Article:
Since 1878, when engraver John Dempsey and businessman George Carroll decided to open a stationery shop on East 14th Street, any New York party that’s any New York party is likely to have been announced with a Dempsey & Carroll invitation. Providing its customers “with luxury writing papers but also advice on etiquette and proper decorum in a variety of social settings”, the business rose to prominence along with the city’s society scene – and it remains New York’s most illustrious stationer. 

Custom monogrammed cards, from $430
Custom monogrammed cards, from $430 © Dempsey & Carroll

The hand-engraved notecards, invitations and gift tags on pure cotton paper in white, ecru, grey or Dempsey blue (a deep cornflower), have since served “Katharine Hepburn, Ronald Reagan and George Steinbrenner, who owned the Yankees”, says owner Lauren Marrus. “And Tom Ford just ordered last week. I can tell he’s not shy about it because he put it in his movie,” she says, referring to a scene in Nocturnal Animals where the protagonist’s ex is shown with D&C engraved stationery.

The storefront c1900
The storefront c1900 © Dempsey & Carroll

“Our history, our heritage, our craftsmanship” is how Marrus sums up the continued appeal of the smart, awning-fronted shop, now located on Lexington Avenue. Inside, glass-fronted, polished wood cabinets stocked with paper goods and writing accoutrements line the walls. Two writing tables and upholstered chairs wait for those who like to come in for “a single thank-you note or card”. “They’ll sit down and write it in the shop,” explains Marrus. It is a space purposefully designed not to feel overly commercial. “It doesn’t look like a shop; it looks like a library in an Upper East Side apartment or a nice London flat. It has a very warm feeling”.

Ready-to-buy products include notecards engraved with a golden frog brandishing a Martini, printed with New York taxis ($65 for 10) or a single red heart ($55 for 10), and invitations bearing a golden bumblebee and, in neat print, “You are invited for…” ($50 for 10). Thank-you cards for sheepish party guests that read “[...] regrets her behaviour at [...]” ($40 for 10) “are always a favourite among our clients”, says Marrus. 

The back half of the store houses paper samples and inks in “in every colour of the rainbow”, and is where clients can design bespoke monogrammed stationery, invitations or announcements. “We can accommodate most requests,” explains Marrus breezily, from painted corners to handpainted borders, bevelled edges, hand-calligraphy, invitation assembly and envelope addressing. Her personal bespoke order is monogrammed light grey, thick, four-ply notecards with handpainted grey edges and grey tissue paper-lined envelopes.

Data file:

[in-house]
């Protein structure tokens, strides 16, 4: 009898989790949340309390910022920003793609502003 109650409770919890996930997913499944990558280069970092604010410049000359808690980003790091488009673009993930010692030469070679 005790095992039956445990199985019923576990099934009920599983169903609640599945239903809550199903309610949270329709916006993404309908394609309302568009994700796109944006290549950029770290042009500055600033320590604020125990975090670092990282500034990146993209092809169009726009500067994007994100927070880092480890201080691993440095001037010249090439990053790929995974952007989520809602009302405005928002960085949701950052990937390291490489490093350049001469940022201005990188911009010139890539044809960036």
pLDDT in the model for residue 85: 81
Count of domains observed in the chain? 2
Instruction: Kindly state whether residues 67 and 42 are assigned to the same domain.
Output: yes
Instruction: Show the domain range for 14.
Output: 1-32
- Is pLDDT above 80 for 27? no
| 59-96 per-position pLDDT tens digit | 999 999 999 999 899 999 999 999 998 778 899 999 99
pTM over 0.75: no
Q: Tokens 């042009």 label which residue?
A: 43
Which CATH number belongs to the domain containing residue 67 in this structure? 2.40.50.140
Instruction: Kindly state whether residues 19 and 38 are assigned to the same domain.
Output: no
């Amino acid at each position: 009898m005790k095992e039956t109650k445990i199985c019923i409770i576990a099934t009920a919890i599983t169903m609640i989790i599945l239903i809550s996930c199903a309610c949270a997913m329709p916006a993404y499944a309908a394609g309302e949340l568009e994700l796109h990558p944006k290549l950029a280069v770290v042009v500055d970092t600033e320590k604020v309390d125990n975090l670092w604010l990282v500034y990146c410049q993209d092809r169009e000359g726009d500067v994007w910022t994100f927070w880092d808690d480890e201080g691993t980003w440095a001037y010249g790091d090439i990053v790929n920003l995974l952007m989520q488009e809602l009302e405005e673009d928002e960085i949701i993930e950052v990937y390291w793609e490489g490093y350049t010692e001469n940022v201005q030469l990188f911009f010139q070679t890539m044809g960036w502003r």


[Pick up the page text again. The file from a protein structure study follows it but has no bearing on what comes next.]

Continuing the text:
Rooster cards and envelopes, $95 for 10
Rooster cards and envelopes, $95 for 10 © Dempsey & Carroll

Marrus’s ability to balance traditional service with playful design (one recent notecard is topped with a red rooster) has ensured the shop’s appeal carries from generation to generation. “We might have done your grandmother’s wedding. How do we make sure we do your wedding and your children’s weddings?” she says. But success wasn’t always on the cards. When Marrus purchased the business in 2004, it was bankrupt and run down by the rise of digitalised communications. She renovated the space and opened the shop on 15 September 2008 – the day that Lehman Brothers collapsed. It was her idea to make business cards, and “that January was one of our biggest months ever”, she recalls. “A lot of people were looking for jobs. So we needed to shift to where the market [was] growing.”

Before long, Marrus had restored the shop to its former cultural prominence. When Donna Tartt’s Pulitzer-winning novel The Goldfinch came out in 2013, Dempsey & Carroll was delighted to discover its stationery in the pages, in the hands of the kindly, antique-collecting, Park Avenue-residing mother-figure Mrs Barbour, who responds to her letters with “a line or two on her monogrammed correspondence cards from Dempsey & Carroll”. “We feel proud of that,” says Marrus with a smile. 

Copyright The Financial Times Limited 2024. All rights reserved.
Reuse this content (opens in new window) CommentsJump to comments section

Follow the topics in this article